• it'll be the last generation if you do

  • In a similar situation to you 18 months ago I bought a second hand Audi Q5 for 30k and it's been brilliant. Lots of boot space, heated seats, and good on fuel.

    • +2

      The pain will come in due course.
      My Audi was great until it wasn't and you'll be hit with a spate of issues at the same time as everything is engineered to the smallest of margins.

      Don't get me wrong great cars, but just know that once it hits about 10 years be ready. I was $8k in 3 months into my Q7 before i gave up.

      • The thing you have to keep in mind:

        These cars are $100k new, when things needs repairing/replacing, you're paying for parts (and labour/expertise) which are inline with a $100k car.

        If the operating costs exceeds the capital costs, or reaches > 20% of your upfront cost, you gotta ask yourself if it's worth it.

      • My trouble started at 14.5 years 215K kms
        Mine is diesel, how about yours?

        • Yep, had the 3.0 tdi got to about 12 years and then all hell broke loose - only 150,000k's on the clock

          All Injectors failed
          DPF clogged itself
          EGR failed
          Head gasket failed - pretty much all at the same time, up until then was working perfectly, engine never overheated.

          Engine warning light was constantly on after the repairs as well as the entire engine was caked in carbon.

          Note to self, diesels are good for highway driving, not good for the school runs or city commuting, handball it before you have to deal with it (transmission was my biggest worry.)

          Under waranty they're ok, out of warranty wouldn't touch one.

  • +5

    Congratulations!

    Also in a similar situation. We ended up getting a Subaru Outback.

    Make sure you test drive the vehicle. The RAV4 turned out to be a disappointment for us. Also, you can probably cross off a few vehicles due to the wait time.

    • I second this. Looked at quite a few SUVs and wagons. Of the many we looked at, I found the Outback to have the biggest boot space. The height also meant it was easier to carry pram and bubs in and out easier without straining our backs.

  • Two cents regarding the Tucson option: don’t buy the base model. Better go with the Elite configuration without the N-Line (keep leather seats that way).

  • LOVE driving my cx5, but agree with others that the boot space does not compare to the rav4!

  • +1

    Kia carnival, fill it up with your 3rd, 4th and 5th children when the come along.

  • +1

    Insert "SUVs are tall therefore safer" Just get a wagon

  • I would recommend a KIA CARNIVAL. Even for 1 kid, they are amazing with space and driveability.

    We have 4 kids, and wish I went this route on the 1st.

  • -2

    Eh whatever you like that you can afford to pay for in cash.

  • +1

    I'd be getting a wagon, nicer to drive, handle better, bigger boot, etc. About the only advantage with an SUV is it's less strain on your backing getting kids in and out, due to their extra height.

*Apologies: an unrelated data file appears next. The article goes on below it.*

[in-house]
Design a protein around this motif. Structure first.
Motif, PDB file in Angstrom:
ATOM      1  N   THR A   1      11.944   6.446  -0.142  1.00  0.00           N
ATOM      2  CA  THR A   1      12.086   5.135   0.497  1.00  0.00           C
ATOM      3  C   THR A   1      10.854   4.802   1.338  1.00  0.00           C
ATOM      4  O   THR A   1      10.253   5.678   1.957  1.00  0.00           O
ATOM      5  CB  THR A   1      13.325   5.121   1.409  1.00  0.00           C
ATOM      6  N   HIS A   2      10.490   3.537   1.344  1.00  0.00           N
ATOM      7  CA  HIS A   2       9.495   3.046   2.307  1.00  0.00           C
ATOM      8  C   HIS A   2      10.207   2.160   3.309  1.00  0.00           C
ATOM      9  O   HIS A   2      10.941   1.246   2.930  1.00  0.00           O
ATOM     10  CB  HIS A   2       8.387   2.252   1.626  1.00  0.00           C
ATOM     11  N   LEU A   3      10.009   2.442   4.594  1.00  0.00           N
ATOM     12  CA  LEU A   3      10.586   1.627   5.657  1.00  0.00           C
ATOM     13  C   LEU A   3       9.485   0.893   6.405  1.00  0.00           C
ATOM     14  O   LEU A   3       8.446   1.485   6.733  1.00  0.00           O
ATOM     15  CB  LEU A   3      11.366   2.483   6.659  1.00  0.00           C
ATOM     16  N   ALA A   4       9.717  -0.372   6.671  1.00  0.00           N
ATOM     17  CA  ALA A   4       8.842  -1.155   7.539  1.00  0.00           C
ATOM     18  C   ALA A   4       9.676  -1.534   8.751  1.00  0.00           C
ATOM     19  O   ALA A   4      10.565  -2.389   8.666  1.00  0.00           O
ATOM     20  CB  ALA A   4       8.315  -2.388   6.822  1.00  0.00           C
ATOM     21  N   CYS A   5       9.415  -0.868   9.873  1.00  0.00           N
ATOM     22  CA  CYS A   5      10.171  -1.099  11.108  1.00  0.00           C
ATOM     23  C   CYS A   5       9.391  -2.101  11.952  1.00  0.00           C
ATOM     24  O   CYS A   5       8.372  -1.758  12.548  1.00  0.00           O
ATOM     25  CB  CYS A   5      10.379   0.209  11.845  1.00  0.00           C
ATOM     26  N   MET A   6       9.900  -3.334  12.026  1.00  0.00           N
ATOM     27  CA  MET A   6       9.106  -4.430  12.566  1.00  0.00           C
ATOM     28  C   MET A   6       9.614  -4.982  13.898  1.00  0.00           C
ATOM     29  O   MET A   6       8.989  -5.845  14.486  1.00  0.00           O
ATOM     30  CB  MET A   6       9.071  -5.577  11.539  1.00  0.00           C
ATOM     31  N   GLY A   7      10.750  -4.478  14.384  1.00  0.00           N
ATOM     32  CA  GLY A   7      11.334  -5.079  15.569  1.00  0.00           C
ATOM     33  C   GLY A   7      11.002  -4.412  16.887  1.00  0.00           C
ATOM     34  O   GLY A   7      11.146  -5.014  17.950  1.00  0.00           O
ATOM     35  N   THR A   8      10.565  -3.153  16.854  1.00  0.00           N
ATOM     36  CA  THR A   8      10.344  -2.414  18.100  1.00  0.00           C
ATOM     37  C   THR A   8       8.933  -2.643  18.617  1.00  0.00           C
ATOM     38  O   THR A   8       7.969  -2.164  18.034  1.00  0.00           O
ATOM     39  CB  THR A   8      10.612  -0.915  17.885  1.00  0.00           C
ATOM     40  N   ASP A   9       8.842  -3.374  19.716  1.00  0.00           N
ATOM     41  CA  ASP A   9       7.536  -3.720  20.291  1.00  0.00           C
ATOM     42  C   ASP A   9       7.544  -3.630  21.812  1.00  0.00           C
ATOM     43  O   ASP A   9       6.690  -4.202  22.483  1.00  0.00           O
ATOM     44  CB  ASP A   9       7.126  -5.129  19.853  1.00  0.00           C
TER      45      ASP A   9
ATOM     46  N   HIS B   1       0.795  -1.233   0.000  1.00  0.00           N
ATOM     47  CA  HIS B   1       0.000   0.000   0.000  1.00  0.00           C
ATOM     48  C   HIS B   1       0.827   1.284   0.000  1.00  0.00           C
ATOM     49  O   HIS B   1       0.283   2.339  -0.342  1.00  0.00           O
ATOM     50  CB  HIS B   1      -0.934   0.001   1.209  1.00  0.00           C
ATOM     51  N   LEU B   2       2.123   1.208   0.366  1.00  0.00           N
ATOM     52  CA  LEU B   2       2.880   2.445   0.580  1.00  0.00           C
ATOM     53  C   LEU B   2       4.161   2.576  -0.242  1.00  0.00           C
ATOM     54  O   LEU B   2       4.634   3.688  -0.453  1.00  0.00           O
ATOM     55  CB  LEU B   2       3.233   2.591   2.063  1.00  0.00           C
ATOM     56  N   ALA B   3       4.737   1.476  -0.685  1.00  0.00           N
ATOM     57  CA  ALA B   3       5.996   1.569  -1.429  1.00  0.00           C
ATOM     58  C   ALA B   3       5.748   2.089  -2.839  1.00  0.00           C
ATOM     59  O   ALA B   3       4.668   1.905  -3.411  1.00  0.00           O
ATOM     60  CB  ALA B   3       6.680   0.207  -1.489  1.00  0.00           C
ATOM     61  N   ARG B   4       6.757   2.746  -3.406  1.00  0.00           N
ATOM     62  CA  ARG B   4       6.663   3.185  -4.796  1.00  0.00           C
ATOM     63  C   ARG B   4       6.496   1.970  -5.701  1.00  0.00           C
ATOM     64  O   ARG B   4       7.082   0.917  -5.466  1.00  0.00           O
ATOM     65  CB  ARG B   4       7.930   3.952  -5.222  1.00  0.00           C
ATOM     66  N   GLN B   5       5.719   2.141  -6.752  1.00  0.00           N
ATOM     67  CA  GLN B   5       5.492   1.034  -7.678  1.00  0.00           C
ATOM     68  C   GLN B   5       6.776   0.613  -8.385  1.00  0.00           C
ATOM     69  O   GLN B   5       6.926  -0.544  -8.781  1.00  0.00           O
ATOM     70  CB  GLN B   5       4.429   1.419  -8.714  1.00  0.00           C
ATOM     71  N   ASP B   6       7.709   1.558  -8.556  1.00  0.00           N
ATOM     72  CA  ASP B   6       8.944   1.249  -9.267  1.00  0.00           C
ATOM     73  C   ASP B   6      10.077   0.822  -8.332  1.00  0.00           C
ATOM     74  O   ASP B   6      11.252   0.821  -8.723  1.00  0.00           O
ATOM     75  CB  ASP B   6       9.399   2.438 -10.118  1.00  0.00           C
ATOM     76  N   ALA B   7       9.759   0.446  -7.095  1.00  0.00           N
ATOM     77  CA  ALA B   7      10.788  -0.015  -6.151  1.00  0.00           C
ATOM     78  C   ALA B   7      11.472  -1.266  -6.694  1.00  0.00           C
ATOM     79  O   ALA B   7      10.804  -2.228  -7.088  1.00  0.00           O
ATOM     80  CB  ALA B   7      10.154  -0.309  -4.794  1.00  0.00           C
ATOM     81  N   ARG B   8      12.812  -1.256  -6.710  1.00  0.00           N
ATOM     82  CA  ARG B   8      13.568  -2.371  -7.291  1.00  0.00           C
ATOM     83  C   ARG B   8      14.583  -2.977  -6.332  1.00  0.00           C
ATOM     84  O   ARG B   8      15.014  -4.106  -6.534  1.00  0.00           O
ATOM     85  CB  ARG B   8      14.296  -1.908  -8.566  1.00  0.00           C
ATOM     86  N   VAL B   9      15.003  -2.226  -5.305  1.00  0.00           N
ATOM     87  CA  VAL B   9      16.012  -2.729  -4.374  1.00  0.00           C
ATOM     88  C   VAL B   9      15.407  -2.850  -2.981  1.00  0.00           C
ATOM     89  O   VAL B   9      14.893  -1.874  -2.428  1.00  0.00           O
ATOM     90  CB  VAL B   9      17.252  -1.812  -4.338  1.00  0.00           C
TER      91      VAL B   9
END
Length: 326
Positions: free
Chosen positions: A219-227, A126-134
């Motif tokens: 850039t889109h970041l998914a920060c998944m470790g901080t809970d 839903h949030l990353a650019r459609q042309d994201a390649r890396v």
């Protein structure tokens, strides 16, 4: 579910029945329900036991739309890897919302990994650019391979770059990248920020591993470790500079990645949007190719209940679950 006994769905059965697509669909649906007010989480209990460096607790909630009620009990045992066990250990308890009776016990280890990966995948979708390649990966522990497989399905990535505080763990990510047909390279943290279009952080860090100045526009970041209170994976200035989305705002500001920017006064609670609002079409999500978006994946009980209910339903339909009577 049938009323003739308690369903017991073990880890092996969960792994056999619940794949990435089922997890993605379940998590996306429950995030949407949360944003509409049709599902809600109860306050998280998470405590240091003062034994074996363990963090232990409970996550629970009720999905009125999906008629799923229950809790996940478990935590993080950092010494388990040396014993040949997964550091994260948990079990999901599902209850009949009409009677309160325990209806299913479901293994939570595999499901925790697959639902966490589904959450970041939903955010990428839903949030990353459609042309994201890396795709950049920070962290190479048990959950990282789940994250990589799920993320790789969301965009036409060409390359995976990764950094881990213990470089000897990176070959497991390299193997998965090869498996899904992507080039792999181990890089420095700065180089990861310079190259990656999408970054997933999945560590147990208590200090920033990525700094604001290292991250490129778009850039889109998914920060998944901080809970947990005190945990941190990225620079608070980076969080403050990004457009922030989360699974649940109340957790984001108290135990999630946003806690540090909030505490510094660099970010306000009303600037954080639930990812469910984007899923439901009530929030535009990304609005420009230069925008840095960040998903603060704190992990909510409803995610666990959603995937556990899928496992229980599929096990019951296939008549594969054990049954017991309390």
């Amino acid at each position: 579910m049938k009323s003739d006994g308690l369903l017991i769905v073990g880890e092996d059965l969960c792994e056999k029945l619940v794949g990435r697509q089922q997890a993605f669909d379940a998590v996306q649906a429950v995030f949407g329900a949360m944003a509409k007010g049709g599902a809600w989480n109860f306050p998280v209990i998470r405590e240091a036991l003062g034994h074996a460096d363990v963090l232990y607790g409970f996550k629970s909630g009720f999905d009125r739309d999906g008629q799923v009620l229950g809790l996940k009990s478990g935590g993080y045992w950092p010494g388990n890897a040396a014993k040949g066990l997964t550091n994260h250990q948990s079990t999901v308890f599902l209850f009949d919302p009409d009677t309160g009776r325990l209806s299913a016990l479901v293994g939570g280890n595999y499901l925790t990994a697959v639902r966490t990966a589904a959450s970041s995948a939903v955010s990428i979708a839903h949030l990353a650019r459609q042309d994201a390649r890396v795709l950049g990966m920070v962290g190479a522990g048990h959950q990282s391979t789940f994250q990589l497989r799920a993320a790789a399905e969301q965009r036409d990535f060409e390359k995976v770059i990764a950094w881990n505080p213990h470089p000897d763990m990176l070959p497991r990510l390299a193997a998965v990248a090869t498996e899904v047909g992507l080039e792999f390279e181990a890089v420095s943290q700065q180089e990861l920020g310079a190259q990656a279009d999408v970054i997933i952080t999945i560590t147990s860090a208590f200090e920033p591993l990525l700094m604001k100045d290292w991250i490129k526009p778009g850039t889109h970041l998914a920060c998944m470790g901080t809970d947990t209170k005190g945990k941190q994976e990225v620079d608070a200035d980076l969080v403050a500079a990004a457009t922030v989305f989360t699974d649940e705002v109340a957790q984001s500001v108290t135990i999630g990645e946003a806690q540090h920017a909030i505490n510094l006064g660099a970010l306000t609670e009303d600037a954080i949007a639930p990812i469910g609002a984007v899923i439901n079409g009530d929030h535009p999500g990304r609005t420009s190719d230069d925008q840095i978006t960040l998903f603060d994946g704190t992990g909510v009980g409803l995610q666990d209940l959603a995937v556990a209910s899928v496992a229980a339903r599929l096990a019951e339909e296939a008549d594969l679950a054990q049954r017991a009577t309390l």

• +1

    Hybrid Camry not an option….?

  • +5

    Subaru Outback has a large boot and fits double pram and shopping well.

  • +4

    I've test driven a lot of SUV to consolidate our Accord Euro and Honda Jazz back in 2019 with the idea of more space for kids stuff (family of 4) like bikes, skateboards, camping gear, etc.

    We ended up with a Skoda Octavia RS245 wagon demo model which we got for $40k driveaway.

    Could've gone with the 1.4 litre turbo 110tsi option instead for the same shape and space but I splurged a little bit more to get the adaptive damper, driving mode and Golf GTI engine.

    I got the 5 year service pack last. year before the first service (12 month interval) and it cost $1,700 which is very worth while doing.

    • +1

      I got the pov pack one in a manual and it's been brilliant over 7 years and 110k and counting :)

  • +3

    Stretch the budget up to the entry Tesla Model Y - New born will limit your travels and you can just charge off wall socket easy mode for peace of mind travelling to shops and back and around your local area. No maintenence and unknown variable petrol costs, it's more upfront but I'd wager it'll pay off longer term. My partner's sister had similar decision to make and did Model 3 a few years back and did the lease pathway at a good rate (might be higher rates now with interest rates going up tho).

    She's considering the swap to a ModelY now and paying out her lease with the savings made over the past two years, and resale on her Model3 seems to be tad higher than what she paid for it after all the lease costs and rebates etc.

    If your situation allows for it, but wait times might be the length of baking the baby tho.

    • +2

      That is a big stretch lol

    • New born will limit your travels

      Disagree with this. Have done many road trips with bub, so have all my other mum friends with babies and toddlers. It’s actually pretty good as they do a fair bit of sleeping in the car especially if you drive at night. We do a regular 6 hour drive with the little one overnight. Not sure on the Tesla specs, but would be bad to need to charge on getting to the destination.

      • The LR/P+ Model Y has around 450km highway range, so around 5h. Not sure how the 6h drive looks like for you, but if it's continuous then I'd be worried about safety more than anything else …

  • +2

    Honda CRV